- The medical management of menopause: a four-country comparison care in urban areas
- Volume | Issue number
- 59 | 1
- Pages (from-to)
- Document type
- Faculty of Social and Behavioural Sciences (FMG)
- Amsterdam Institute for Social Science Research (AISSR)
To compare the medical management of menopause across urban areas in four countries which differ by level of income and degree of medicalization.
Surveys of health providers who advise women on the menopausal transition were carried out in Beirut, Lebanon (n = 100), Madrid, Spain (n = 60), Worcester, MA, U.S. (n = 59), and Rabat, Morocco (n = 50) between 2002 and 2004. Physician characteristics, hormone therapy (HT) prescribing practices, and concerns about the management of menopause were compared across countries using χ2 and logistic regression analyses.
Across sites, physicians were generally well informed about HT and thought that symptom alleviation and disease prevention were equally important. They had concerns about risks associated with HT, particularly breast cancer, and in 3 sites where the survey was conducted after the WHI (Beirut, Rabat, and Madrid) physicians changed their practices to prescribe HT less frequently, for shorter durations, or shifted to other medications. There were significant differences across sites in the recommended duration of HT, time spent talking with patients, perceived benefits of HT, tests recommended before prescribing HT, and concern about the risks associated with HT. Physicians in Madrid and Massachusetts were more likely to report that decisions about the management of menopause were difficult, but in all sites the main reason for difficulties was concerns about risks. The results also suggest discrepancies between physicians’ perceptions and women's reports about the reasons why women consult at menopause.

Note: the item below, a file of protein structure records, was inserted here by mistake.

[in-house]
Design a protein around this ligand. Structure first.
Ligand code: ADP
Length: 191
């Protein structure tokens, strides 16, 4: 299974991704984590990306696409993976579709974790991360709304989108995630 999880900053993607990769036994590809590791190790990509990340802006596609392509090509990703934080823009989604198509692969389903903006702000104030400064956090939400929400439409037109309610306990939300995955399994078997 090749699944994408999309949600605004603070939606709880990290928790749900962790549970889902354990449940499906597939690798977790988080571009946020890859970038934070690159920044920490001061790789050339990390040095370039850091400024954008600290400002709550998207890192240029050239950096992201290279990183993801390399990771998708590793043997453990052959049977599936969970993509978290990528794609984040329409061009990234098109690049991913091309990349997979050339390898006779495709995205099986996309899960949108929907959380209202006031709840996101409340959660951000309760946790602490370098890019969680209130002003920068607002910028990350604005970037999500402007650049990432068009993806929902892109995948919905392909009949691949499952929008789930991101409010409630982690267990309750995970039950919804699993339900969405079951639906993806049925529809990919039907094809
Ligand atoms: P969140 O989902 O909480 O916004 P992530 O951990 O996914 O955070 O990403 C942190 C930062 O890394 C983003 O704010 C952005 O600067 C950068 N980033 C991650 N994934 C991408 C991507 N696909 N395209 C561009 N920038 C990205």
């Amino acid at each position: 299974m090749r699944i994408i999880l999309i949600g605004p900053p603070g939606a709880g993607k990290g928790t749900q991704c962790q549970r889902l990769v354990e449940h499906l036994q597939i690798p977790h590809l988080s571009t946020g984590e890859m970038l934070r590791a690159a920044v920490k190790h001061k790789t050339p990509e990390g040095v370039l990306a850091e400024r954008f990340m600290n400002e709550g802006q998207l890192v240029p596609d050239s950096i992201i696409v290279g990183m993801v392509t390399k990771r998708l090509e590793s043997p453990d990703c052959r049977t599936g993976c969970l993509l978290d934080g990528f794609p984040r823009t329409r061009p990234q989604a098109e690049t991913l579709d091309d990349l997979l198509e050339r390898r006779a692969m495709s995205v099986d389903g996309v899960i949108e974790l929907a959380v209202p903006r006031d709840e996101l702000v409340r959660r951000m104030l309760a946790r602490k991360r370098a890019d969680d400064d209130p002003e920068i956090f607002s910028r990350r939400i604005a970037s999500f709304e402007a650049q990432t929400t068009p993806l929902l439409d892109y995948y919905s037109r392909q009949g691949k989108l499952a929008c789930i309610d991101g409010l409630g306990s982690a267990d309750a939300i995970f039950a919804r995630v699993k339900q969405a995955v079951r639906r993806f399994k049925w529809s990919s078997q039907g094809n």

Prescription patterns and perceived benefits of HT appear to reflect local medical culture rather than simply physician characteristics. The impact of the WHI study was seen in prescribing patterns and concerns about HT. Physicians in all four countries were generally well informed. Financial support: NIH 5 900 000196.
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